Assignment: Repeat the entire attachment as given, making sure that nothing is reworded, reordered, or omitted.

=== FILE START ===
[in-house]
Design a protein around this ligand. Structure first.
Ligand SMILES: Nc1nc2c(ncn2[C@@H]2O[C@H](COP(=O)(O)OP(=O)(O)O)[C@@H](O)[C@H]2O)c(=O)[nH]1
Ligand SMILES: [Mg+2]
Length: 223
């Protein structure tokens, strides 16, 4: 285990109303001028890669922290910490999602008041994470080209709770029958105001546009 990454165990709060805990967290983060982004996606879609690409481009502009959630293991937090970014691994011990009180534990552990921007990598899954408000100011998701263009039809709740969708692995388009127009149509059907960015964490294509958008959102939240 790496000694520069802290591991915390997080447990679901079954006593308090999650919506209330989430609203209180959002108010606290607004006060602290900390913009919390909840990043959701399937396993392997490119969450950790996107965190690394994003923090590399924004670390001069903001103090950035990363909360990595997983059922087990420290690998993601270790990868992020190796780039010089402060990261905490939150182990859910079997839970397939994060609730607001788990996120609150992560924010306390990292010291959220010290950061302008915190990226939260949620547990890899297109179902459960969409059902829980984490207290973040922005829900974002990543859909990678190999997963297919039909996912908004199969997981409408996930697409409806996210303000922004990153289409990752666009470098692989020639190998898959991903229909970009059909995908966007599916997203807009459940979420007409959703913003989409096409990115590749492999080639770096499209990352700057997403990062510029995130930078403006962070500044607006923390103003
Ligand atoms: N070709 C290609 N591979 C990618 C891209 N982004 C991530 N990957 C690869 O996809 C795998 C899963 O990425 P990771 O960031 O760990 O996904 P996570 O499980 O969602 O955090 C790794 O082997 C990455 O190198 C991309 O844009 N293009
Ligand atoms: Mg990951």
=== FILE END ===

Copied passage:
[in-house]
Design a protein around this ligand. Structure first.
Ligand SMILES: Nc1nc2c(ncn2[C@@H]2O[C@H](COP(=O)(O)OP(=O)(O)O)[C@@H](O)[C@H]2O)c(=O)[nH]1
Ligand SMILES: [Mg+2]
Length: 223
């Protein structure tokens, strides 16, 4: 285990109303001028890669922290910490999602008041994470080209709770029958105001546009 990454165990709060805990967290983060982004996606879609690409481009502009959630293991937090970014691994011990009180534990552990921007990598899954408000100011998701263009039809709740969708692995388009127009149509059907960015964490294509958008959102939240 790496000694520069802290591991915390997080447990679901079954006593308090999650919506209330989430609203209180959002108010606290607004006060602290900390913009919390909840990043959701399937396993392997490119969450950790996107965190690394994003923090590399924004670390001069903001103090950035990363909360990595997983059922087990420290690998993601270790990868992020190796780039010089402060990261905490939150182990859910079997839970397939994060609730607001788990996120609150992560924010306390990292010291959220010290950061302008915190990226939260949620547990890899297109179902459960969409059902829980984490207290973040922005829900974002990543859909990678190999997963297919039909996912908004199969997981409408996930697409409806996210303000922004990153289409990752666009470098692989020639190998898959991903229909970009059909995908966007599916997203807009459940979420007409959703913003989409096409990115590749492999080639770096499209990352700057997403990062510029995130930078403006962070500044607006923390103003
Ligand atoms: N070709 C290609 N591979 C990618 C891209 N982004 C991530 N990957 C690869 O996809 C795998 C899963 O990425 P990771 O960031 O760990 O996904 P996570 O499980 O969602 O955090 C790794 O082997 C990455 O190198 C991309 O844009 N293009
Ligand atoms: Mg990951």